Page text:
However, even though we’re riding the waves, the data is always well behind the curve because homes take 3+ weeks to sell. That means, at best, our “real-time” data for what buyers are willing to pay, is at best 30 days old at any given time.

This means, that to determine your home’s value, the best we can do is take a snapshot in time that reflects all of the different forces at play on the price of your home at that time. Yes, interest rates play a big role but so does everything else impacting that market. Consumer confidence, our local, state and national political cycles, natural disasters, instability in the geo-political environment, schools, crime, unemployment, technology, and the list goes on.

FYI – this is why, IMHO using statistics for predicting the market is dangerous.  A historical market trend may look similar at face value but the forces at play now will always be significantly different than those in the past. It’s like using a photograph of you as a kid to predict who you would become as an adult. All the photo can accurately tell us is who you were when the picture was taken. There’s no way it could have predicted everything that would happen during your life to shape who you are today.

Short-term value is largely driven by what we think and feel because that is what informs our decision making and, consequently, supply and demand. The market is really just a response to what is going on around us. COVID forced companies to solve the virtual-workforce challenge in a hurry so now we can keep our jobs and work from anywhere? Colorado here we come! There are so many people here now who need homes but we don’t have enough so appreciation is skyrocketing? We better move while we can in case this continues and we’re eventually priced out. And on it goes until something shifts.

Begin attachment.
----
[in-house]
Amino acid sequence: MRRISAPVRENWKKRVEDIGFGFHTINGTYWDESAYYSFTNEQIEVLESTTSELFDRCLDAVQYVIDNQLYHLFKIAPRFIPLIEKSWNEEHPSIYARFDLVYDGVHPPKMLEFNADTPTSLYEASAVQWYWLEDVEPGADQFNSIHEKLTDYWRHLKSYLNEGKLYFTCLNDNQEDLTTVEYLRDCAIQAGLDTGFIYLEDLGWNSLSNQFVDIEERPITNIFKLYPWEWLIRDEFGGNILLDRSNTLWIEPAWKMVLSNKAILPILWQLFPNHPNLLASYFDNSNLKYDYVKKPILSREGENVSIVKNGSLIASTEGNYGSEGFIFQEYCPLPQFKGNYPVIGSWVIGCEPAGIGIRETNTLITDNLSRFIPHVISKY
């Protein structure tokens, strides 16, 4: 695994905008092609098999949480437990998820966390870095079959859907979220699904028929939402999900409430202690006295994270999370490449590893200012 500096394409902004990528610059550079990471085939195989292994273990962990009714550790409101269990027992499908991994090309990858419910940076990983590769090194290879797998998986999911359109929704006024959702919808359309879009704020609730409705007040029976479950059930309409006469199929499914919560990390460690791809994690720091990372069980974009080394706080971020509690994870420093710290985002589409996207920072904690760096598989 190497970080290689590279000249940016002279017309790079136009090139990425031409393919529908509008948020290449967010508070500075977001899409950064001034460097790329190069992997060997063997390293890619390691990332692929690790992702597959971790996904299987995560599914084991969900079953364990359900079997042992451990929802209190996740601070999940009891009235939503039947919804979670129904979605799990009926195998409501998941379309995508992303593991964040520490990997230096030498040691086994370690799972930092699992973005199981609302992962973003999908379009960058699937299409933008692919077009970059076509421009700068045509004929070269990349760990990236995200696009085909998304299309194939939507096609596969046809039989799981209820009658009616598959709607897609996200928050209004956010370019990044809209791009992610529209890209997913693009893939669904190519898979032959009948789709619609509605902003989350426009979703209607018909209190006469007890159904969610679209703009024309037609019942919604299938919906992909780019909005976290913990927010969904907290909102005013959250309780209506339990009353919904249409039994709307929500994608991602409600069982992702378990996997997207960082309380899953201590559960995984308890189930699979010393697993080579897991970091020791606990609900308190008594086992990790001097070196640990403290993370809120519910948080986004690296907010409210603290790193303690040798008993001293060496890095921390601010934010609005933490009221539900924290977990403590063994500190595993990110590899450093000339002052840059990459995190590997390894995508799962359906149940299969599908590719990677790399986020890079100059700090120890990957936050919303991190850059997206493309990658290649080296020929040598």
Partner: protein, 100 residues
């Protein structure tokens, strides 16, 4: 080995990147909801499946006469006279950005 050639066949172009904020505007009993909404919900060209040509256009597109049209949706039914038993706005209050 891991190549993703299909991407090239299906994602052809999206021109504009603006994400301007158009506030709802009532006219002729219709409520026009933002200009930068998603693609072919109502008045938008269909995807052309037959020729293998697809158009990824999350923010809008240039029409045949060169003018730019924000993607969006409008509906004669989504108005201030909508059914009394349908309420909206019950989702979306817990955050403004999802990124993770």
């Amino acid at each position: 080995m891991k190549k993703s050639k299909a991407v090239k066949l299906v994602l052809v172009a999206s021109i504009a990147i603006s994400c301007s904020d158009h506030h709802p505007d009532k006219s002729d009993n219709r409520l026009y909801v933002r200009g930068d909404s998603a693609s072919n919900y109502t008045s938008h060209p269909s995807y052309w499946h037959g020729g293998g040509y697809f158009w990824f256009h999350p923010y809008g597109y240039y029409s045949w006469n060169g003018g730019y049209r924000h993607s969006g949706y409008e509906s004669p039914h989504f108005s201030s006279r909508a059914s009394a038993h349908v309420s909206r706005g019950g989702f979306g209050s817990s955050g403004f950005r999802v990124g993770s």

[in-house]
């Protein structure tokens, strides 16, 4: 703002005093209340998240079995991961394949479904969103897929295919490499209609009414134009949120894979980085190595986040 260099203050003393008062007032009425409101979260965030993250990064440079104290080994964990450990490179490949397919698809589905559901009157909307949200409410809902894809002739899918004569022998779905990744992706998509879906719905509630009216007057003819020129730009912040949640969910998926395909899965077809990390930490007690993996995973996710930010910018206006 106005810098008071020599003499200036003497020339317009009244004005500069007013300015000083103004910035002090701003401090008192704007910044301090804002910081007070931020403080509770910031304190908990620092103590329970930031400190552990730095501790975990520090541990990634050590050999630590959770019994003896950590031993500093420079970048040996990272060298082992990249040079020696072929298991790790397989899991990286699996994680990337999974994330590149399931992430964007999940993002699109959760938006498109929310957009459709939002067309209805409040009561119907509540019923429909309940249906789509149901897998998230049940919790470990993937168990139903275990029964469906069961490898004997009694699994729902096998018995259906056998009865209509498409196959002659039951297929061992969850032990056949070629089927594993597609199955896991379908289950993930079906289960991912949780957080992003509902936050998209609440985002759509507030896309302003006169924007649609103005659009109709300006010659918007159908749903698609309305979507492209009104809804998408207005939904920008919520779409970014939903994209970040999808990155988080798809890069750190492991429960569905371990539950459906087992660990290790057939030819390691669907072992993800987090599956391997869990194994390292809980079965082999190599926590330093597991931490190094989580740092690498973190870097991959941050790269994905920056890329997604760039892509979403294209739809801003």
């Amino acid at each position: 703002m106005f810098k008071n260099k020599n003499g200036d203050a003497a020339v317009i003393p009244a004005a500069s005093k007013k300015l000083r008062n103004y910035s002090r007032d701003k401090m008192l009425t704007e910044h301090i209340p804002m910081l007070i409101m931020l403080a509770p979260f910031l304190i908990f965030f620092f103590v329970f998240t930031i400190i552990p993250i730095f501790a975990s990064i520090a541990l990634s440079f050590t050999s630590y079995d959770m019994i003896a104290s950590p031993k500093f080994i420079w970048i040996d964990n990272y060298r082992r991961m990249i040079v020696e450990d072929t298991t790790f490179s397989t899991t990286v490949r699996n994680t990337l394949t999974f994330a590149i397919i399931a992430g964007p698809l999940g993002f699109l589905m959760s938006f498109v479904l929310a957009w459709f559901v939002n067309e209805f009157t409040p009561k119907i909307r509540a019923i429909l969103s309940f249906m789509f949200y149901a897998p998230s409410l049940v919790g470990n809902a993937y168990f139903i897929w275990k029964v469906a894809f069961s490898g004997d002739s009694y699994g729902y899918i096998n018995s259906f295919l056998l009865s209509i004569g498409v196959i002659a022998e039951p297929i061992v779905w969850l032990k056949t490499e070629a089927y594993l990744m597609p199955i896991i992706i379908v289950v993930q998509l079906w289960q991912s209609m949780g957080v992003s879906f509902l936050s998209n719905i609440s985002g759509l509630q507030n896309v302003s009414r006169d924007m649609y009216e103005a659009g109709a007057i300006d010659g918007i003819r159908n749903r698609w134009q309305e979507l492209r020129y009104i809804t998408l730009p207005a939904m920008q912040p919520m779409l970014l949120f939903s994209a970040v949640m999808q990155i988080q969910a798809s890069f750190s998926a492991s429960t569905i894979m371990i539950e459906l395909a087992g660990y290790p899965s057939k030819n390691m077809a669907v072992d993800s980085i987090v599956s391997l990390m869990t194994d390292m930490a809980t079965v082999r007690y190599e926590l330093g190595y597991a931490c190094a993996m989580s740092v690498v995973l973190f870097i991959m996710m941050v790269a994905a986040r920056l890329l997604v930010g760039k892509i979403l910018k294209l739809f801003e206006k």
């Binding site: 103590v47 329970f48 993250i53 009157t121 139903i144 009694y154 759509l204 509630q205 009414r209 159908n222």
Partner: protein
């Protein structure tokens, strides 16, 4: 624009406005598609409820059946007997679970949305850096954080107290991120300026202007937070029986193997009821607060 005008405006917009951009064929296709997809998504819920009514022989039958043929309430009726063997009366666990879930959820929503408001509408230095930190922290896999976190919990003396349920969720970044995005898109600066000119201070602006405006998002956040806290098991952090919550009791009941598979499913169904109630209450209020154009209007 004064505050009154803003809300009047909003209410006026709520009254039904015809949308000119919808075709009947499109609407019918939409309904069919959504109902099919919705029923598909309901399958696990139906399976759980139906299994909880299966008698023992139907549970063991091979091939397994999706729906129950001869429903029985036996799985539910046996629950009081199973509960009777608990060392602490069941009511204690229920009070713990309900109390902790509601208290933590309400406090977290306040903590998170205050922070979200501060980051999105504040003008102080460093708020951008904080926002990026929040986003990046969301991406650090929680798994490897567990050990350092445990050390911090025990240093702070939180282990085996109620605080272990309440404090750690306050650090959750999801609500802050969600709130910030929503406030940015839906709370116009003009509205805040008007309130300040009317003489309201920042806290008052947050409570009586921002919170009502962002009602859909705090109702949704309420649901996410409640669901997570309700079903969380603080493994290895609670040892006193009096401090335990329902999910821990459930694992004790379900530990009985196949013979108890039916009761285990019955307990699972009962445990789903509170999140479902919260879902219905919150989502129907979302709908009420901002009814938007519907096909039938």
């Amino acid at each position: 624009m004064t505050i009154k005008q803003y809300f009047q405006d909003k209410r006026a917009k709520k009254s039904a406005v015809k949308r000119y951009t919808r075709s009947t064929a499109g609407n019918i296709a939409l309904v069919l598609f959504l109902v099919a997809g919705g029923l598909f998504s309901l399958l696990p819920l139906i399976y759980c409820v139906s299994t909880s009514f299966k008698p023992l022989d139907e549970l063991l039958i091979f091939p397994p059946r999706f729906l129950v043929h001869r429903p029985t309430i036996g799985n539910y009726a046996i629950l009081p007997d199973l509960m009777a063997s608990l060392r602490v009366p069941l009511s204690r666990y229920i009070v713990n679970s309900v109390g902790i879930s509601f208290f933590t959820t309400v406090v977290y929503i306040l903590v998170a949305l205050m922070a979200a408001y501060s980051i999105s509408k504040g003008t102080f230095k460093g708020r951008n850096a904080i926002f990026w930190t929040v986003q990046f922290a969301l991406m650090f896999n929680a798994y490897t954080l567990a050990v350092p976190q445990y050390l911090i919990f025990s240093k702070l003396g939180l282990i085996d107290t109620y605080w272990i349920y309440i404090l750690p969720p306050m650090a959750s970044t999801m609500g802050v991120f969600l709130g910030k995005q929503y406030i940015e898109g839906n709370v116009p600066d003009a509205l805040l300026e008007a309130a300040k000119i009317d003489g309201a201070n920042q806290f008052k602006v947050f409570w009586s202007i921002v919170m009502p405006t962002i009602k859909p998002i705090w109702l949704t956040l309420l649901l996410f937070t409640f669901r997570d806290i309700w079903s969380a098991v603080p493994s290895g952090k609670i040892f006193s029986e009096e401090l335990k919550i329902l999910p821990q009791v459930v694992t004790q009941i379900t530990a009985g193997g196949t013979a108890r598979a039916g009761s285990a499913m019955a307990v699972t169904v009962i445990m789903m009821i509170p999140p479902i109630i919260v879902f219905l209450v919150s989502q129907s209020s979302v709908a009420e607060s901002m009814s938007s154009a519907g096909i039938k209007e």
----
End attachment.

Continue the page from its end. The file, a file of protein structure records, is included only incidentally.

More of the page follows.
And shift it will. As interest rates increase, buyers drop out of the market thereby lowering demand. Some people will still need and want to sell their homes but with less buyers, homes will spend more time on the market and supply will increase. For those buyers still in the market, more to choose from means softer prices as sellers are forced to be more competitive and prices soften. Although rates have dropped a bit and we’re seeing stability, the cost of money is still significantly higher than it has been and it looks like we’re not too far away from our new (and historic) normal of 5%-6%.

Here’s the conundrum: at the heart of any shift in short-term value are buyer’s expectations. When the cost of money rises, they are getting less home now for the same cost and that doesn’t feel good. For many, it’s not that they can’t afford the same monthly payment or they can’t buy a house at all, it’s simply that the same payment will no longer buy the house they want and have come to expect they could get. Definitely a bit of a kick in the teeth after buyers have already been grappling with the same changing expectations because of rapidly increasing home prices over the past six years – now the cost of buying those homes is higher too. Ouch indeed.

Long-term value on the other hand is mainly driven by location which works in our favor. We live in a highly-desirable area here on the Colorado front-range, largely because of the natural setting but also because our local economy is driven by a diverse mix of industries. Other areas that are heavily reliant on one industry are more at risk of decline if that industry shifts. Factories close, people leave in search of jobs elsewhere, local economies fail and real estate values are wiped out.